It has been 11 years since Latin music great Tito Puente departed, and yet it seems as if he was still here among us.
I just reviewed 2 recent Latin music CD releases which have Tito Puente’s direct influence. There is also a recent book on him, and just today, a Wall Street Journal article on the “Mambo King”.
The two CDs I recently reviews are diametrically opposite to each other, yet both draw on the work of maestro Puente. Bobby Sanabria’s “Tito Puente Masterworks Live” is a Latin Jazz album which revisits the sophisticated and broad talent Tito Puente brought to this genre. Maestro Sanabria pulled 13 songs that pay homage to Puente’s Latin Jazz work.
The other CD I just reviewed is a Salsa album. “Watch Out, Ten Cuidao!” is the Mambo Legends Orchestra’s debut album. If you read/watched my review, you know that the Mambo Legends Orchestra is integrated by ex-members of Tito Puente’s orchestra. Some of them, like Johnny “Dandy” Rodriguez, spend over 30 years playing with Puente.
This album differs from Bobby Sanabria’s work in that its in a different genre (Salsa), and in that it does not include Tito Puente’s songs. The influence from Maestro Puente comes from the big band musical arrangements used by the Mambo Legends. Musical director Jose Madera, who spend many years with Tito Puente, made arrangements that make you believe you are truly listening to Tito Puente’s band. The songs may be new, but the band sounds just like Puente’s, with that rich big band sound of the Palladium in the 1950’s.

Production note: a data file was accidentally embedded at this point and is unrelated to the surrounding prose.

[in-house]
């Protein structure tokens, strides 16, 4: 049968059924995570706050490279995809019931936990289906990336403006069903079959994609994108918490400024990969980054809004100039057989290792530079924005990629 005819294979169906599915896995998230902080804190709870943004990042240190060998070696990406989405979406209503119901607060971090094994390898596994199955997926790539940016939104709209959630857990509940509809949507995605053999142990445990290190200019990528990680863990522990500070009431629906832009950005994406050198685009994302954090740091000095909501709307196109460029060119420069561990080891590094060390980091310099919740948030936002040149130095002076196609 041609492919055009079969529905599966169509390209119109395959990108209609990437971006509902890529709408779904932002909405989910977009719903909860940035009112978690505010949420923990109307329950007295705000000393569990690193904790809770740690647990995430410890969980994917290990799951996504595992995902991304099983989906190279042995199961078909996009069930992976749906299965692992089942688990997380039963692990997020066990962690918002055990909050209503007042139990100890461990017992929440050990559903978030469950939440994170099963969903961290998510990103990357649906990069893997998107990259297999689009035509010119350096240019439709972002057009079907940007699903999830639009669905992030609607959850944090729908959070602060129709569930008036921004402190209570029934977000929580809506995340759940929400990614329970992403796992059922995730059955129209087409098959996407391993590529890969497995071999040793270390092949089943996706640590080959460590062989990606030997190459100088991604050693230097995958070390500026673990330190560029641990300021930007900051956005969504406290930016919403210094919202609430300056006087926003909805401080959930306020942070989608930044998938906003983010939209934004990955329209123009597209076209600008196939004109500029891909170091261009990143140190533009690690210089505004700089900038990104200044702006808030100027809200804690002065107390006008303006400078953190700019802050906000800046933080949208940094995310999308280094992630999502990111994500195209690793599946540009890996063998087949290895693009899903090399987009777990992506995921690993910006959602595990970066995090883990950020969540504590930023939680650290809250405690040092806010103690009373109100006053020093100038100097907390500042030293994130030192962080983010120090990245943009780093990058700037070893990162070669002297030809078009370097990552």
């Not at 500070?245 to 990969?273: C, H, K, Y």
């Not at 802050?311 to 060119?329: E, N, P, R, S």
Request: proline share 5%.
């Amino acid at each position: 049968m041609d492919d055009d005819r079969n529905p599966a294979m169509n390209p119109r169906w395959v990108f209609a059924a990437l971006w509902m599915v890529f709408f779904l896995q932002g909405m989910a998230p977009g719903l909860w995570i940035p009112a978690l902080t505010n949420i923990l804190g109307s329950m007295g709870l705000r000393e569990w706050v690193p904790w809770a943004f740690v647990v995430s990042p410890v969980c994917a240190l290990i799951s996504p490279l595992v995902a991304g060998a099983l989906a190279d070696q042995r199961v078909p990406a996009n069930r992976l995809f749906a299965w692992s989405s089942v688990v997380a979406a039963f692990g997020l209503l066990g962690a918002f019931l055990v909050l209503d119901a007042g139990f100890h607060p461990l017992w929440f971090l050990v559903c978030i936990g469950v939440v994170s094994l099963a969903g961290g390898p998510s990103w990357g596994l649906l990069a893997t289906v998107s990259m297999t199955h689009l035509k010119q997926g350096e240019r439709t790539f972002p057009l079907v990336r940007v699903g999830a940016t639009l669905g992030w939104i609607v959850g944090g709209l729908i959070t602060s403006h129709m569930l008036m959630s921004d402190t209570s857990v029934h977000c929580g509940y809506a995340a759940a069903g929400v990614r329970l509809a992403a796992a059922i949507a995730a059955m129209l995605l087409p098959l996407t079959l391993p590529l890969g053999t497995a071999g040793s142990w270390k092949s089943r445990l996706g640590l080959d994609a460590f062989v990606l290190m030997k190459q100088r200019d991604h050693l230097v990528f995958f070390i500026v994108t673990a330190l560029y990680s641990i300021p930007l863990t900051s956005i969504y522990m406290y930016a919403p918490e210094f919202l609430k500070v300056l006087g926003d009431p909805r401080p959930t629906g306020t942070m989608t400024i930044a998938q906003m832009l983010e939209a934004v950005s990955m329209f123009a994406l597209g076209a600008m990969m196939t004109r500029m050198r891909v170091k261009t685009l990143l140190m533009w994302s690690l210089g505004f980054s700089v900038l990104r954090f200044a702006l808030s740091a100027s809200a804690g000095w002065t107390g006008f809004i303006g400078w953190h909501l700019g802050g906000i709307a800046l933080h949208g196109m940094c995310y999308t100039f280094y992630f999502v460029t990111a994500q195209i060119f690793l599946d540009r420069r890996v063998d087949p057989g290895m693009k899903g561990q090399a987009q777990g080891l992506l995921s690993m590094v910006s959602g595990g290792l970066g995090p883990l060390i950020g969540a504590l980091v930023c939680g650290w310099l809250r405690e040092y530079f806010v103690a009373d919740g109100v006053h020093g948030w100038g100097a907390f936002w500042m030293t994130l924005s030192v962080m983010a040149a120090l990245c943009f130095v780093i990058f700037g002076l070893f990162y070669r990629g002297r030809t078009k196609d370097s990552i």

Joe Conzo Sr.’s recent book on Tito Puente, “Mambo Diablo: My Journey with Tito Puente” (2010) relates with great detail many behind the scenes stories of the musical career of this Latin music legend. I have not read the book, but it has received great reviews.
Today’s Wall Street Journal’s article on Puente, “Long Live the Mambo King”, brings to the forefront the stories of Bobby Sanabria and Joe Conzo to remember the great Maestro of Latin music. One thing the article did not mention was the fact that Tito Puente was one of 5 Latin Music legends to have been honored last year with a United States Postal Service commemorative stamp.
However the article does end with a very appropriate quote from Afro-Cuban Jazz pioneer Mario Bauza, who is quoted as once saying, “”no one ever did more for Afro-Cuban music than Tito, and he isn’t even Cuban.”
The late Maestro Tito Puente left us a legacy that bridges music genres, countries, and cultures. He influenced Latin music so much, that we are still getting new forms of his music today, and these new Latin music albums will carry Tito Puente’s legacy to yet more generations of Latin music fans.
I join Bobby Sanabria in the way he ends his CD by yelling…”QUE VIVA TITO PUENTE!”